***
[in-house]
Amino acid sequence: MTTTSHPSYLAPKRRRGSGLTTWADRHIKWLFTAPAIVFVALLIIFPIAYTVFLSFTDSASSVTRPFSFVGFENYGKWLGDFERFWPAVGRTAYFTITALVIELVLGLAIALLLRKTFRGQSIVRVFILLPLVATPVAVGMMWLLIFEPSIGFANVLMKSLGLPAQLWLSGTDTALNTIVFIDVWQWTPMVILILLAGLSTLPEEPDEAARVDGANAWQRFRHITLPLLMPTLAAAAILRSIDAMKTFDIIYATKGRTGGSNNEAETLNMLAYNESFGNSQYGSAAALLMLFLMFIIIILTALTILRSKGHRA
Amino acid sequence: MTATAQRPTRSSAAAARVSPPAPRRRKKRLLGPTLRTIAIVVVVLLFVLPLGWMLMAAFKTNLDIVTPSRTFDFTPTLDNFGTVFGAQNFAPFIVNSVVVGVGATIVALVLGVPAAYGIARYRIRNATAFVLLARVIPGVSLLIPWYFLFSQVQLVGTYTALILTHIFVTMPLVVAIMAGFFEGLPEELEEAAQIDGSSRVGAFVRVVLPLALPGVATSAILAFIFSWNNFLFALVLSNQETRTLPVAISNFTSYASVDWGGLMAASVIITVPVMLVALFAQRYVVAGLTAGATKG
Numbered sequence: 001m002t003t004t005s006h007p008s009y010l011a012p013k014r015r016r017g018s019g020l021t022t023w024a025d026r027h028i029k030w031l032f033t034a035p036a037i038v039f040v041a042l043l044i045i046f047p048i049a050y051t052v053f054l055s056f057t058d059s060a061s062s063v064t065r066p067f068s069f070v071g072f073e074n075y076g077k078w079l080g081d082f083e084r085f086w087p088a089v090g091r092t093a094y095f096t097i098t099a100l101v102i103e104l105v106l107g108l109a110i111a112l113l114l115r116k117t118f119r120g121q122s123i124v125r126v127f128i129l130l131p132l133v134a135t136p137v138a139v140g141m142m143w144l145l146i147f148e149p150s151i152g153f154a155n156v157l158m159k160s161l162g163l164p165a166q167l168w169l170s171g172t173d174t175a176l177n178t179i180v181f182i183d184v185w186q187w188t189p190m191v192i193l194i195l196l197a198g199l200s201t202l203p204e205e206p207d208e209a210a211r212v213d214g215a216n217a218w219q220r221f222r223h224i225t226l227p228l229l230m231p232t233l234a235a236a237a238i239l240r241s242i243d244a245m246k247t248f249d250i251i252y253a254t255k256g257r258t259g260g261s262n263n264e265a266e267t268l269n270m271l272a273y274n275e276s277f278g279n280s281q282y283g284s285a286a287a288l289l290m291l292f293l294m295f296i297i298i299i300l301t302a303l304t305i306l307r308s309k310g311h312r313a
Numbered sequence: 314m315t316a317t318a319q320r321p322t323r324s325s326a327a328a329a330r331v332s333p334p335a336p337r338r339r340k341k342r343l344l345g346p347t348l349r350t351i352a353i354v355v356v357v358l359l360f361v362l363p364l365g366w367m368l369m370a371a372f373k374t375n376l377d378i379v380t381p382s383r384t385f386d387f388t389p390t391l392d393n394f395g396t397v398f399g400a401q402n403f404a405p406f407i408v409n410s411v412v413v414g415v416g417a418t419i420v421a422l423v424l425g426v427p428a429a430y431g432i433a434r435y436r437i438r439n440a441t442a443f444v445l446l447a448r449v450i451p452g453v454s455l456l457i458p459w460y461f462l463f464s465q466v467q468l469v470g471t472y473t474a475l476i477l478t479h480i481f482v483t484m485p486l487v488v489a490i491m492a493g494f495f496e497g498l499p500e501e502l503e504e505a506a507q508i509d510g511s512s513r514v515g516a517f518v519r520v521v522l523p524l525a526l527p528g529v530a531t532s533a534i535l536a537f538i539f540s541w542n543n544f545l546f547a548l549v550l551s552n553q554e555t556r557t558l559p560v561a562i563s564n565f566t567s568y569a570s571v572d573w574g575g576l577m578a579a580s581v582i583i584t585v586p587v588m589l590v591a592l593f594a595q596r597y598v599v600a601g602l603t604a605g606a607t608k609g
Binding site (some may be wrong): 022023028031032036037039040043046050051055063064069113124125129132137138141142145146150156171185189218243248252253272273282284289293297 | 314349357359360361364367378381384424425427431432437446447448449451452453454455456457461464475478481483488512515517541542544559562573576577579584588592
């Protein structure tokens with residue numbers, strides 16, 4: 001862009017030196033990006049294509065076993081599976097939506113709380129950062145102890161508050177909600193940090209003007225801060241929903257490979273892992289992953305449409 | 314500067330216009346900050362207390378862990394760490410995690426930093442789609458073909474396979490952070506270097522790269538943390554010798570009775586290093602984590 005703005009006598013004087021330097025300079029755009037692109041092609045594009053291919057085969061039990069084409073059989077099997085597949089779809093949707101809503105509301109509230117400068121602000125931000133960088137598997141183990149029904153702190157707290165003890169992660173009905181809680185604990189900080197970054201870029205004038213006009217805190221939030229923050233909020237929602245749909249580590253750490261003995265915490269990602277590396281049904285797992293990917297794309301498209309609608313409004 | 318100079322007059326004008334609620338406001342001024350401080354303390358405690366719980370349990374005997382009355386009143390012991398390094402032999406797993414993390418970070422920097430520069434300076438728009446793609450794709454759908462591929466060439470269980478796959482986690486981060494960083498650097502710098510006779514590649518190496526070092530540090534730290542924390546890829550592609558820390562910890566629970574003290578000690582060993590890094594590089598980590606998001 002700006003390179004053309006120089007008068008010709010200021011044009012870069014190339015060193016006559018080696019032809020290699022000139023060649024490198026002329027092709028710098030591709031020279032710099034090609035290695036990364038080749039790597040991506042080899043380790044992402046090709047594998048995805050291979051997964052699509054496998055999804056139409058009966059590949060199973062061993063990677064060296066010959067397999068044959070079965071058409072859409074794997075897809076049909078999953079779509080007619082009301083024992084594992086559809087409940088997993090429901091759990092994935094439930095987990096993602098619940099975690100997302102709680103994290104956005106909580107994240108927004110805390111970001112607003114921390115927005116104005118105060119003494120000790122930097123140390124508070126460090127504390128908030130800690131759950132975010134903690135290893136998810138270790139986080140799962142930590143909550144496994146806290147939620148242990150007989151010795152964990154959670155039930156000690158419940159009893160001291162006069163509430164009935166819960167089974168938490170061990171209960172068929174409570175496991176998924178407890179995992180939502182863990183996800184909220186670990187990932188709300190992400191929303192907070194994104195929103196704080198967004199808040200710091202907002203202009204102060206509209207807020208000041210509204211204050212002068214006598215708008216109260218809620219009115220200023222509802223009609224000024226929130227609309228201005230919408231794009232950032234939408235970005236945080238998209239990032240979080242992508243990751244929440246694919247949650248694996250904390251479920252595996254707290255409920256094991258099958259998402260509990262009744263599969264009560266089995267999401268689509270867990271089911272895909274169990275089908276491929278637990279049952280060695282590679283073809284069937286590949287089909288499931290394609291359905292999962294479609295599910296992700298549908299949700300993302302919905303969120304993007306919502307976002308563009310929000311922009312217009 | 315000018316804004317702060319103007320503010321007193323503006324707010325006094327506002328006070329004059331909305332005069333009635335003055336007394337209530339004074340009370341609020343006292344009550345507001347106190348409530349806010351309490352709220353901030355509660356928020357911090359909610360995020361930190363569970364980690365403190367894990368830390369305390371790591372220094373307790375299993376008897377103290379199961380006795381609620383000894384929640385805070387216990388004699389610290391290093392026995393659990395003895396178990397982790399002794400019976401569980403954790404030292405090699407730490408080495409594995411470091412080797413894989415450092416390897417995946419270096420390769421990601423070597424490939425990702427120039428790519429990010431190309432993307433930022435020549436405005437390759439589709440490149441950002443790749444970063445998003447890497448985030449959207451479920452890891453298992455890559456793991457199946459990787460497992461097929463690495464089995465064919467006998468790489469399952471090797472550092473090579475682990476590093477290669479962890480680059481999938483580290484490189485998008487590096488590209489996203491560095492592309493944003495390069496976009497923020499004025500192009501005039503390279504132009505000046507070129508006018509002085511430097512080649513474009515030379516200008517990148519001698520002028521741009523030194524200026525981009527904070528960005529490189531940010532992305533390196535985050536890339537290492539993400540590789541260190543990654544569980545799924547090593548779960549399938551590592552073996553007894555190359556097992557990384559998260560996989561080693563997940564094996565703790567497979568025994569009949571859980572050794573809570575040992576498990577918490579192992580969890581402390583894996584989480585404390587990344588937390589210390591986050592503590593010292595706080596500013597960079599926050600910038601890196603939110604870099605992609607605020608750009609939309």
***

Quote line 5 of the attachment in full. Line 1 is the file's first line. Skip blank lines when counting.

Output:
Numbered sequence: 314m315t316a317t318a319q320r321p322t323r324s325s326a327a328a329a330r331v332s333p334p335a336p337r338r339r340k341k342r343l344l345g346p347t348l349r350t351i352a353i354v355v356v357v358l359l360f361v362l363p364l365g366w367m368l369m370a371a372f373k374t375n376l377d378i379v380t381p382s383r384t385f386d387f388t389p390t391l392d393n394f395g396t397v398f399g400a401q402n403f404a405p406f407i408v409n410s411v412v413v414g415v416g417a418t419i420v421a422l423v424l425g426v427p428a429a430y431g432i433a434r435y436r437i438r439n440a441t442a443f444v445l446l447a448r449v450i451p452g453v454s455l456l457i458p459w460y461f462l463f464s465q466v467q468l469v470g471t472y473t474a475l476i477l478t479h480i481f482v483t484m485p486l487v488v489a490i491m492a493g494f495f496e497g498l499p500e501e502l503e504e505a506a507q508i509d510g511s512s513r514v515g516a517f518v519r520v521v522l523p524l525a526l527p528g529v530a531t532s533a534i535l536a537f538i539f540s541w542n543n544f545l546f547a548l549v550l551s552n553q554e555t556r557t558l559p560v561a562i563s564n565f566t567s568y569a570s571v572d573w574g575g576l577m578a579a580s581v582i583i584t585v586p587v588m589l590v591a592l593f594a595q596r597y598v599v600a601g602l603t604a605g606a607t608k609g